For students lacking reliable internet access, the district is pointing them to local telecom companies that are promising free or discounted wireless internet.

Although California Gov. Gavin Newsom announced a partnership with Google to distribute 100,000 wireless hotspots to students primarily in rural areas, the program applies only to K-12 students, not those in college, a spokesperson for the governor confirmed.

One California community college, the online-only Calbright College, is mailing 500 Chromebooks and 500 T-Mobile hotspots to community colleges in rural areas for use through the summer. The gesture was born out of a weekly webinar the system’s chancellor’s office conducts to inform hundreds of college faculty and staff about emergency rule updates to academics and finances, plus changing state and federal regulations. There, the college learned that students of rural campuses were asking for devices and hardware. Calbright officials followed up with those schools “so that we’re not just putting things out there without meeting a need,” said Calbright spokesperson Taylor Huckaby.

Some of the Los Angeles district’s colleges are discussing providing wireless internet access points on their campus parking lots, but that introduces new challenges, including enforcing social distancing among students and providing security. Los Angeles Trade -Technical College, part of the district, has considered this approach. One sticking point is access to power for a large number of laptops; the parking structure the school has in mind doesn’t have many outlets, and there’s a fear that students will huddle around the few that are available.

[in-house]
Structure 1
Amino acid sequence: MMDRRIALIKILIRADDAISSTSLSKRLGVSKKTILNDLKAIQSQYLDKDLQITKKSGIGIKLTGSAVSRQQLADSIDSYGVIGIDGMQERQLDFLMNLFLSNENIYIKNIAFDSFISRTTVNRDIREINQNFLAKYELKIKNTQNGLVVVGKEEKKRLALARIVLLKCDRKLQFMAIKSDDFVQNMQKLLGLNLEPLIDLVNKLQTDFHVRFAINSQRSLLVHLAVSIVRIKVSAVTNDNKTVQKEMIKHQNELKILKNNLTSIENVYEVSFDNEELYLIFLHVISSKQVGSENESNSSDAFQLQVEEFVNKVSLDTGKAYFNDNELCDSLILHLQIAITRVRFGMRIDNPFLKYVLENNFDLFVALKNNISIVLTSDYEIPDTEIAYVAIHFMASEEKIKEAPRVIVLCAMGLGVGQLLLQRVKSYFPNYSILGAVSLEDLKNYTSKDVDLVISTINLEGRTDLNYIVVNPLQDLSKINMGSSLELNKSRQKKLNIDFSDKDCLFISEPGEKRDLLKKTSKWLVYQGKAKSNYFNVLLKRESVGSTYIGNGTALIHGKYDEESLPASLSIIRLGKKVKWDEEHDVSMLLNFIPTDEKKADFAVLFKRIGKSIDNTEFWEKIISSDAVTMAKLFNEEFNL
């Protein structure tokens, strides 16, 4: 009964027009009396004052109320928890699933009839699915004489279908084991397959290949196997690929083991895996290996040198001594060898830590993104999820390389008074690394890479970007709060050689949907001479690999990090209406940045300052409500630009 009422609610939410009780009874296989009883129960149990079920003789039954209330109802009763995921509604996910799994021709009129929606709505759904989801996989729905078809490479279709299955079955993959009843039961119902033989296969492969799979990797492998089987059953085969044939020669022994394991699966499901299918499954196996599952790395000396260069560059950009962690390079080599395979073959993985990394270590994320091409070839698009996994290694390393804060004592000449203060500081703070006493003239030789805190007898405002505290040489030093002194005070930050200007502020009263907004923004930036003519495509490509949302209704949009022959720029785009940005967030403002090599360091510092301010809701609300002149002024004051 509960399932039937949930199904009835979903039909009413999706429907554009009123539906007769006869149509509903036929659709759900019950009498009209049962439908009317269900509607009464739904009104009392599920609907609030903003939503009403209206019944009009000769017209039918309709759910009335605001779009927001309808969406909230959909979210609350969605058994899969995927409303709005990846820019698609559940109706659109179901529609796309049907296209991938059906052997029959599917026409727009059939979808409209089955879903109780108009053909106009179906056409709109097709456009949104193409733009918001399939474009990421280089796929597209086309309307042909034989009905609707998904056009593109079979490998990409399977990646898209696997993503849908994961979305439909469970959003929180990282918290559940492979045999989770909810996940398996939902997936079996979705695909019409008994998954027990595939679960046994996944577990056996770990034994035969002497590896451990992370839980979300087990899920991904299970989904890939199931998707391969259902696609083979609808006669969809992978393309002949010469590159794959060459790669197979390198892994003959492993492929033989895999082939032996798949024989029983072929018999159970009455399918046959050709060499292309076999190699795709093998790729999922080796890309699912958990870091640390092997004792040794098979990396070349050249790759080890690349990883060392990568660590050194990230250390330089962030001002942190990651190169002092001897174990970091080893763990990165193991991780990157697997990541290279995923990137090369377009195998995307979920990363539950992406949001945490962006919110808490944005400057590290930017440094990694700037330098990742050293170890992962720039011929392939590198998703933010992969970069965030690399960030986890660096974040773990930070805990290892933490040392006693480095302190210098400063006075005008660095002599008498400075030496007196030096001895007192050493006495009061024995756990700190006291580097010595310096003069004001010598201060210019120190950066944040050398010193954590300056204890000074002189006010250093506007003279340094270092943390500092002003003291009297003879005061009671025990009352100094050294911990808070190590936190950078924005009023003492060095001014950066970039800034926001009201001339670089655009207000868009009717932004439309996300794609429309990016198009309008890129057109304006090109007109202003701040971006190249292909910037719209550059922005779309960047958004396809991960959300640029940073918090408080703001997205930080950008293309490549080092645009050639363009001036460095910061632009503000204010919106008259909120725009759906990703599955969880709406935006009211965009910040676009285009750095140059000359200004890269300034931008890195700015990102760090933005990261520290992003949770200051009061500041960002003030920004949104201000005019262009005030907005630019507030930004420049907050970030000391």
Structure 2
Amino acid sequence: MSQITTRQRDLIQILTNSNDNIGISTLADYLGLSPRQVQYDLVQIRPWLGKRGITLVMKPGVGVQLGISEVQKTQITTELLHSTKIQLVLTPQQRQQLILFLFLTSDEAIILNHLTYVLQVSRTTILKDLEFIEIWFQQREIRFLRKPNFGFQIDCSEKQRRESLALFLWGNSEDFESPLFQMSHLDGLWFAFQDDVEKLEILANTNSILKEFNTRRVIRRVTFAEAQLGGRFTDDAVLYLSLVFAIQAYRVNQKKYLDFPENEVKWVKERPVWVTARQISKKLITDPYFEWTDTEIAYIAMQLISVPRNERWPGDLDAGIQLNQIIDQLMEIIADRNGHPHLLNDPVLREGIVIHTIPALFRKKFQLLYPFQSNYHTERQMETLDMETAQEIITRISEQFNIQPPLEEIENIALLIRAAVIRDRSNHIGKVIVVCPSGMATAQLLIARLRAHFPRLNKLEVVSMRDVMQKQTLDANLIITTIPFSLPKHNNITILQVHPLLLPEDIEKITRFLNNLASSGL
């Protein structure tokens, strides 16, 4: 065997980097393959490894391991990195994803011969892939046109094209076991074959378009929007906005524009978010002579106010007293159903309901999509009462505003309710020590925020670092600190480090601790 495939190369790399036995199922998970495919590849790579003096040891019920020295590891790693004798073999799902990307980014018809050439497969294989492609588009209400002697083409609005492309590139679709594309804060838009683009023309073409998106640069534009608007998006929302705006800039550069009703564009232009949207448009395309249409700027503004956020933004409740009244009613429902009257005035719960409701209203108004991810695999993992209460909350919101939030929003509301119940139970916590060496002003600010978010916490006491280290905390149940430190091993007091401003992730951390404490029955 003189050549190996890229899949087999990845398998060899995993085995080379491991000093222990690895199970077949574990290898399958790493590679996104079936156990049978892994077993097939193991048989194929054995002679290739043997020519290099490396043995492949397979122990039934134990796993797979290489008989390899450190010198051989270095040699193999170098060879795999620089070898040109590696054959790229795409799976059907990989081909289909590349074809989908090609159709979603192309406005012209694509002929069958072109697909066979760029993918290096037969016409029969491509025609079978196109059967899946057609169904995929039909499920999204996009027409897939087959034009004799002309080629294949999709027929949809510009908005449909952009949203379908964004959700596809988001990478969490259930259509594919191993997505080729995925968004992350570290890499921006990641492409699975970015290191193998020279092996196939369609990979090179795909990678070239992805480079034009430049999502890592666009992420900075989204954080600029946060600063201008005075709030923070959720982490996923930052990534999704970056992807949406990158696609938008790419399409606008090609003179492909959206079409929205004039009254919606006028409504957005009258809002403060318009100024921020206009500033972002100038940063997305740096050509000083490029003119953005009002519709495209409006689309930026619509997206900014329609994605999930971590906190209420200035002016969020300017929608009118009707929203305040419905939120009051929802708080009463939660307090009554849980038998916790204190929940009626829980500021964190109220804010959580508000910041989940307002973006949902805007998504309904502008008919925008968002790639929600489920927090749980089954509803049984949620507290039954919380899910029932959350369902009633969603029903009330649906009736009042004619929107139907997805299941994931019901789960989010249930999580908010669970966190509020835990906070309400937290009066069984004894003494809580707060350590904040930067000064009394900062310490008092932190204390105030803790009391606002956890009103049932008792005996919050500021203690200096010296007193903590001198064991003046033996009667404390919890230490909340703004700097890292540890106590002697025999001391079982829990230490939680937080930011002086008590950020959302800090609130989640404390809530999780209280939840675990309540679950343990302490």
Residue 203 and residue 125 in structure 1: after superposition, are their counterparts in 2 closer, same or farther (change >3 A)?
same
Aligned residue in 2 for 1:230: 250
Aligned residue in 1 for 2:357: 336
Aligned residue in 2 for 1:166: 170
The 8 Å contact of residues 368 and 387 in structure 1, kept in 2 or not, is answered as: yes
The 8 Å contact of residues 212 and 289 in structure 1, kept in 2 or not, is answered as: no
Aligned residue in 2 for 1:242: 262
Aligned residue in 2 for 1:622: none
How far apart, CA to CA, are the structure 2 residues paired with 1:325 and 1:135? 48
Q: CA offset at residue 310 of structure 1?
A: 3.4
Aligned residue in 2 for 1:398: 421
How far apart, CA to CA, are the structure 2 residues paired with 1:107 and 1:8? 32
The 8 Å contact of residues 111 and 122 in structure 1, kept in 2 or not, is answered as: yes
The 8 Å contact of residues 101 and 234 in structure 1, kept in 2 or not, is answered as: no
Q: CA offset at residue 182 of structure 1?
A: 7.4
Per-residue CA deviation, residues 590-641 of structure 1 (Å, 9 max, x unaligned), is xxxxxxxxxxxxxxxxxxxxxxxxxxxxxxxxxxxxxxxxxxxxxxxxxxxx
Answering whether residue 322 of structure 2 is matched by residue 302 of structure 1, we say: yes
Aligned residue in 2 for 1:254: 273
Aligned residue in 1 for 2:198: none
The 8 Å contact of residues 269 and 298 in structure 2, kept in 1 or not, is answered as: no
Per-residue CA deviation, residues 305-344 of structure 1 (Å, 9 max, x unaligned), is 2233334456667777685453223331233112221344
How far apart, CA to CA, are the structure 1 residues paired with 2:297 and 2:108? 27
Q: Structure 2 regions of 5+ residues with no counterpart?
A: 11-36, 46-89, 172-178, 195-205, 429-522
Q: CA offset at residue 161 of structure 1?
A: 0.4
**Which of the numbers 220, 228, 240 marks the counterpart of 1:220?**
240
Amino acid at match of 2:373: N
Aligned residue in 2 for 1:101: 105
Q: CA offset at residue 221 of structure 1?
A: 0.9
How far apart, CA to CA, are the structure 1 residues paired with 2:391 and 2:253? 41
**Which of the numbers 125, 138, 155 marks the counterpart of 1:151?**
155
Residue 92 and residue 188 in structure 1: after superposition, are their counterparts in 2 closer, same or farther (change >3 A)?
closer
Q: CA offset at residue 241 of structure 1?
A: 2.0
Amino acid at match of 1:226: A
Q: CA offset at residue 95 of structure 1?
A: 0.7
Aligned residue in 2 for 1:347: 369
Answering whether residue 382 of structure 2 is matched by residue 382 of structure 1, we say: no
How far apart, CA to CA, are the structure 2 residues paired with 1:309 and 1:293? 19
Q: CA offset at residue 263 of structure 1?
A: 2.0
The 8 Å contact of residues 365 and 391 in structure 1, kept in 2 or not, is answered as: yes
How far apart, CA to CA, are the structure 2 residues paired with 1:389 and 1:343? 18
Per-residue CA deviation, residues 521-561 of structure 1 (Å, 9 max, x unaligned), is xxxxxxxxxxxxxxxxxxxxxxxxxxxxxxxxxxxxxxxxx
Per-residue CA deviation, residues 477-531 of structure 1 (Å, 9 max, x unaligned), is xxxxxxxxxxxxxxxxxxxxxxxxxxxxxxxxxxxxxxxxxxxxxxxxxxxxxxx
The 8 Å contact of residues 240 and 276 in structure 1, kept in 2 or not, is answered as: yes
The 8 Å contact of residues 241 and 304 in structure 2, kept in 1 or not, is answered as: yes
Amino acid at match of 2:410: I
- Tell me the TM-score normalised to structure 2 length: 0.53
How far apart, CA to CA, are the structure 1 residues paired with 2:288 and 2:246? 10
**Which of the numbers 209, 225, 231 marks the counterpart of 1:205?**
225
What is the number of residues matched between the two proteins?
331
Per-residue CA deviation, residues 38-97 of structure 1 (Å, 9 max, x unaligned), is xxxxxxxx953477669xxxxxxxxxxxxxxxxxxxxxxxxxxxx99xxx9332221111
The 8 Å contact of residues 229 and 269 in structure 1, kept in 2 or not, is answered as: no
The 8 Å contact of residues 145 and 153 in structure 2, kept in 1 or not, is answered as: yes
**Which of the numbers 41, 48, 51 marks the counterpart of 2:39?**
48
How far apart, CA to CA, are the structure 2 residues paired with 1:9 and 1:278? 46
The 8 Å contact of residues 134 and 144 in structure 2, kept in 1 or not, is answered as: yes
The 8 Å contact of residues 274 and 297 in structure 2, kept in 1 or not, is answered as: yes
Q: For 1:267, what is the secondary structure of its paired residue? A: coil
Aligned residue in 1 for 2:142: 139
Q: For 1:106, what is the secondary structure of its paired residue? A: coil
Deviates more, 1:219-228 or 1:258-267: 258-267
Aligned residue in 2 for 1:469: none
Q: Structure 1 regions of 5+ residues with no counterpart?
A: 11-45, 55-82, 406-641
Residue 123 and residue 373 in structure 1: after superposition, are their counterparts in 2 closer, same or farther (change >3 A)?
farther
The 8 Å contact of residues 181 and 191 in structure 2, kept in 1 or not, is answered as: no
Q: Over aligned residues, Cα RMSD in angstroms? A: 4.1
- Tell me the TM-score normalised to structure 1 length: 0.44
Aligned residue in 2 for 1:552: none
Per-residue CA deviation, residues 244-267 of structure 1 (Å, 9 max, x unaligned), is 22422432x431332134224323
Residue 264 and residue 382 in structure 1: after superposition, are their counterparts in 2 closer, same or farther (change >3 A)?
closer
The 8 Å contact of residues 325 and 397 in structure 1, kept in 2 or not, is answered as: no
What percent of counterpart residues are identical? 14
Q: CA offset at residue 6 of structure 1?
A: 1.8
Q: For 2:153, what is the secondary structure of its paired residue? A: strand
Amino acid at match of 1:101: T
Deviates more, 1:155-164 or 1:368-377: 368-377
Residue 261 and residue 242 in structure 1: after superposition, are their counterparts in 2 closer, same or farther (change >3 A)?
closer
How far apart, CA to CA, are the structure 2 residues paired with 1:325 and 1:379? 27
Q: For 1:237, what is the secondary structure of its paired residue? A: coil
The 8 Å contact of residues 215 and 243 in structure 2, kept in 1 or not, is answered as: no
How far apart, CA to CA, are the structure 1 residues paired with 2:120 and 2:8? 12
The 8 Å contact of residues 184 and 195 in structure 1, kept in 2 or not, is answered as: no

Los Angeles-area community colleges should also be prepared to provide their physical spaces to health officials who may need new areas to place hospital beds as the pandemic in California worsens. The prospect of patients receiving treatment on campus may be at odds with providing space for students to access the internet.

Food pantries have also largely shuttered because enforcing social distancing orders while providing food is difficult and the charities that provided the food are no longer able to do so. The student need is high. A 2016 survey found that among the students who responded, more than 60 percent reported experiencing food insecurity, a measure of hunger.